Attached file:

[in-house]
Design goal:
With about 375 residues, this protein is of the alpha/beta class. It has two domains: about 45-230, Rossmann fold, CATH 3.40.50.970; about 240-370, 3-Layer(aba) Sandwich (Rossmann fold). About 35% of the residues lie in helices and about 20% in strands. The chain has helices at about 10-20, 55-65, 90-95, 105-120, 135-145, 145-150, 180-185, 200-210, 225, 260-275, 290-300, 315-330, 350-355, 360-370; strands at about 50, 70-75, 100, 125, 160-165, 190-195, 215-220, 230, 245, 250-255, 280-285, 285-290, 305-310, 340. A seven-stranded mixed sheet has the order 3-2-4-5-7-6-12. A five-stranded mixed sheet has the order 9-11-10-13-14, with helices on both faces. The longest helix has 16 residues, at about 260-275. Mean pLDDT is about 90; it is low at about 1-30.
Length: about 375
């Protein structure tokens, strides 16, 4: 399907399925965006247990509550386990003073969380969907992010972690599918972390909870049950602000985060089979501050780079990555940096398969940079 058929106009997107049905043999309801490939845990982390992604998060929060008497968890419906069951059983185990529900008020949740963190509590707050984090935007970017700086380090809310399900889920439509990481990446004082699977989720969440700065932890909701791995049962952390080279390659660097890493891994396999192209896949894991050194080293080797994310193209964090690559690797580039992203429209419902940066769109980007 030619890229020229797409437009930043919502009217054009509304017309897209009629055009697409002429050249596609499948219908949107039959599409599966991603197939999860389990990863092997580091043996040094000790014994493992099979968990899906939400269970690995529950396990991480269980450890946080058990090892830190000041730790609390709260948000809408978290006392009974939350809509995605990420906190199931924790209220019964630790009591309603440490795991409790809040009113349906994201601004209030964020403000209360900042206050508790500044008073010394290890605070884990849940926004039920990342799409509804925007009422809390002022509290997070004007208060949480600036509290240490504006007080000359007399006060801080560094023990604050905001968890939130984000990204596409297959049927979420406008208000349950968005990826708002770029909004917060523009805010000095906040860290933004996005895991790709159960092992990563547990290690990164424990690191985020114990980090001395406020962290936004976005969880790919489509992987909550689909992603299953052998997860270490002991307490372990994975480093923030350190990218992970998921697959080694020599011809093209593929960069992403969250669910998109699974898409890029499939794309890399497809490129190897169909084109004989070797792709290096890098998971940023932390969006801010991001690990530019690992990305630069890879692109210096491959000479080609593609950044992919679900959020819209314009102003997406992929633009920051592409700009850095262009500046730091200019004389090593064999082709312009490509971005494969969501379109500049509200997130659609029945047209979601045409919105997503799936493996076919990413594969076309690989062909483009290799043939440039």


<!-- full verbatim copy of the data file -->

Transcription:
[in-house]
Design goal:
With about 375 residues, this protein is of the alpha/beta class. It has two domains: about 45-230, Rossmann fold, CATH 3.40.50.970; about 240-370, 3-Layer(aba) Sandwich (Rossmann fold). About 35% of the residues lie in helices and about 20% in strands. The chain has helices at about 10-20, 55-65, 90-95, 105-120, 135-145, 145-150, 180-185, 200-210, 225, 260-275, 290-300, 315-330, 350-355, 360-370; strands at about 50, 70-75, 100, 125, 160-165, 190-195, 215-220, 230, 245, 250-255, 280-285, 285-290, 305-310, 340. A seven-stranded mixed sheet has the order 3-2-4-5-7-6-12. A five-stranded mixed sheet has the order 9-11-10-13-14, with helices on both faces. The longest helix has 16 residues, at about 260-275. Mean pLDDT is about 90; it is low at about 1-30.
Length: about 375
């Protein structure tokens, strides 16, 4: 399907399925965006247990509550386990003073969380969907992010972690599918972390909870049950602000985060089979501050780079990555940096398969940079 058929106009997107049905043999309801490939845990982390992604998060929060008497968890419906069951059983185990529900008020949740963190509590707050984090935007970017700086380090809310399900889920439509990481990446004082699977989720969440700065932890909701791995049962952390080279390659660097890493891994396999192209896949894991050194080293080797994310193209964090690559690797580039992203429209419902940066769109980007 030619890229020229797409437009930043919502009217054009509304017309897209009629055009697409002429050249596609499948219908949107039959599409599966991603197939999860389990990863092997580091043996040094000790014994493992099979968990899906939400269970690995529950396990991480269980450890946080058990090892830190000041730790609390709260948000809408978290006392009974939350809509995605990420906190199931924790209220019964630790009591309603440490795991409790809040009113349906994201601004209030964020403000209360900042206050508790500044008073010394290890605070884990849940926004039920990342799409509804925007009422809390002022509290997070004007208060949480600036509290240490504006007080000359007399006060801080560094023990604050905001968890939130984000990204596409297959049927979420406008208000349950968005990826708002770029909004917060523009805010000095906040860290933004996005895991790709159960092992990563547990290690990164424990690191985020114990980090001395406020962290936004976005969880790919489509992987909550689909992603299953052998997860270490002991307490372990994975480093923030350190990218992970998921697959080694020599011809093209593929960069992403969250669910998109699974898409890029499939794309890399497809490129190897169909084109004989070797792709290096890098998971940023932390969006801010991001690990530019690992990305630069890879692109210096491959000479080609593609950044992919679900959020819209314009102003997406992929633009920051592409700009850095262009500046730091200019004389090593064999082709312009490509971005494969969501379109500049509200997130659609029945047209979601045409919105997503799936493996076919990413594969076309690989062909483009290799043939440039």